Religious Workers

For income tax purposes, a licensed, commissioned, or ordained minister is generally treated as a common law employee of his or her church, denomination, or sect. There are, however, some exceptions such as traveling evangelists who may be treated as independent contractors. The gross income of a licensed, commissioned or ordained minister does not include the fair rental value of a home (a parsonage provided), or a housing allowance paid, as part of the minister’s compensation for services performed that are ordinarily the duties of the minister. The fair rental value of a parsonage or the housing allowance can be excluded from income only for income tax purposes. No exclusion applies for self-employment tax purposes. For Social Security purposes, a duly ordained, licensed, or commissioned minister is self-employed. Religious workers can request an exemption from self-employment tax, if they can prove they are conscientiously opposed to public insurance for religious reasons. The exemption is not permitted solely for economic reasons. A previously elected exemption from Social Security coverage and self-employment tax can be revoked; however, once it is revoked, it cannot be elected again.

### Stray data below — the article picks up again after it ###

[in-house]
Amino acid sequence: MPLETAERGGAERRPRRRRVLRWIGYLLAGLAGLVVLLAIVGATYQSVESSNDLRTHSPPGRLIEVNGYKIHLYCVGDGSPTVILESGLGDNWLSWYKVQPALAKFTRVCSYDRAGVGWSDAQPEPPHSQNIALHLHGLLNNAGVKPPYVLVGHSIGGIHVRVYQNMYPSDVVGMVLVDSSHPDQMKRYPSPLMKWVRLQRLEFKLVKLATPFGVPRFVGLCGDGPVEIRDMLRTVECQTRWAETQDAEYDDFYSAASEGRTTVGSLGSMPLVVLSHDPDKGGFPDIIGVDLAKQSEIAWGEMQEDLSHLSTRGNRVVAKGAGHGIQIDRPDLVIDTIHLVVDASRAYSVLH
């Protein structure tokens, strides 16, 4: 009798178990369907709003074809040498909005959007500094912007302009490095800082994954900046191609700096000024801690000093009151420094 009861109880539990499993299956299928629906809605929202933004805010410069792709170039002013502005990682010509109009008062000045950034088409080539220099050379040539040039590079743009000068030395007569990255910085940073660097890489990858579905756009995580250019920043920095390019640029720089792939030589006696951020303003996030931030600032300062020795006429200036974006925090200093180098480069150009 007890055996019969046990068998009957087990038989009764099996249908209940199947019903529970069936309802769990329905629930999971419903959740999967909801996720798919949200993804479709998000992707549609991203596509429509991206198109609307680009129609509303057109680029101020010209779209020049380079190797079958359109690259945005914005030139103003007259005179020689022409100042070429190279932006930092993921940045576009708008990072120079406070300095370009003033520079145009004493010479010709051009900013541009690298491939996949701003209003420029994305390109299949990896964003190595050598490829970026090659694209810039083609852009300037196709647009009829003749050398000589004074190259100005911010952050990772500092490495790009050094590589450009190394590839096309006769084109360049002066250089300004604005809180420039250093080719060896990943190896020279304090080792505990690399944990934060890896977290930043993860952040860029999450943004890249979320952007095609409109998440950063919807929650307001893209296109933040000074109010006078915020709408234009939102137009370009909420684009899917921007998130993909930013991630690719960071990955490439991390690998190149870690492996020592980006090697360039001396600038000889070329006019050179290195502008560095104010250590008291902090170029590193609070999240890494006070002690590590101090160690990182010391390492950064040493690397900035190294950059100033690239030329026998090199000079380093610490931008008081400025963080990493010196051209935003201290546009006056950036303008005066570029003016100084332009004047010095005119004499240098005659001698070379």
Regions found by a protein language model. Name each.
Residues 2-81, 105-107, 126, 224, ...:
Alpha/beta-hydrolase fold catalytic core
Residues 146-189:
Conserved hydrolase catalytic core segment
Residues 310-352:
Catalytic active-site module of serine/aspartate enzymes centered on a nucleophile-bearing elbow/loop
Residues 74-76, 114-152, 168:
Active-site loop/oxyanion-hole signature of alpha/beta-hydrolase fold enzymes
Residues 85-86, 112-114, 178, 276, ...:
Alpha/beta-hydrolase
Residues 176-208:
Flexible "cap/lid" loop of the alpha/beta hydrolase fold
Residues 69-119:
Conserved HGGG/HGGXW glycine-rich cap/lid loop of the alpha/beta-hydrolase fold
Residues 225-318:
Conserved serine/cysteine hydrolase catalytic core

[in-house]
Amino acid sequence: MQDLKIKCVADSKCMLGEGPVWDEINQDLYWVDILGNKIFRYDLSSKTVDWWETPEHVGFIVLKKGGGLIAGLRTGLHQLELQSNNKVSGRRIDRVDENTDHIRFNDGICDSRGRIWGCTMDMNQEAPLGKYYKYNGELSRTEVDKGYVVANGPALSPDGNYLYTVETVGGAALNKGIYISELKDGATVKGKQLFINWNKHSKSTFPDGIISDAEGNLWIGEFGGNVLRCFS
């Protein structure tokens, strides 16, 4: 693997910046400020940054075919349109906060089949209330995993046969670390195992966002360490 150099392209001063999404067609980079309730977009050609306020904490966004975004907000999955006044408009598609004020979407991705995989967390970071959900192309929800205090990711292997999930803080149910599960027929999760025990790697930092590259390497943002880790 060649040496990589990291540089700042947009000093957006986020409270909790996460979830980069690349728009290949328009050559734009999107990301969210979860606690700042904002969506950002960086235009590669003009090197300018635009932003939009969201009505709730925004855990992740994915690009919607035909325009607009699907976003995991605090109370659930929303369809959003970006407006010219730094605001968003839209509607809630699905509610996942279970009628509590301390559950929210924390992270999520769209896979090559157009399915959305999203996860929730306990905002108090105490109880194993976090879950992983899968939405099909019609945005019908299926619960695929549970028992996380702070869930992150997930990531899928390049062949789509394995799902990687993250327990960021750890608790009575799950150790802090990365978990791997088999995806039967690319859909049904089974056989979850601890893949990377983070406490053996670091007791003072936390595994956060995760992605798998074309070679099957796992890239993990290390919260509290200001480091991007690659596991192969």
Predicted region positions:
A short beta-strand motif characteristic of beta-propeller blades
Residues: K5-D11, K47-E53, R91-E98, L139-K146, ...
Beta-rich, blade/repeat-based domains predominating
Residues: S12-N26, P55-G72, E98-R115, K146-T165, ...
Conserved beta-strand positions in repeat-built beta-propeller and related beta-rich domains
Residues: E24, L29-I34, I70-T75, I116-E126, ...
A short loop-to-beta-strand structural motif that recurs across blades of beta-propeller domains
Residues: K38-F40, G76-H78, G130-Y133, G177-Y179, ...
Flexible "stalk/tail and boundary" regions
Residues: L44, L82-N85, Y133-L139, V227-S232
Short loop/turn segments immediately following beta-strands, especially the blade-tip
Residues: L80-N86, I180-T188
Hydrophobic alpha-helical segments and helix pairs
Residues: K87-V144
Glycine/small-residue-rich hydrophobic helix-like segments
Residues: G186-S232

Inside Religious Workers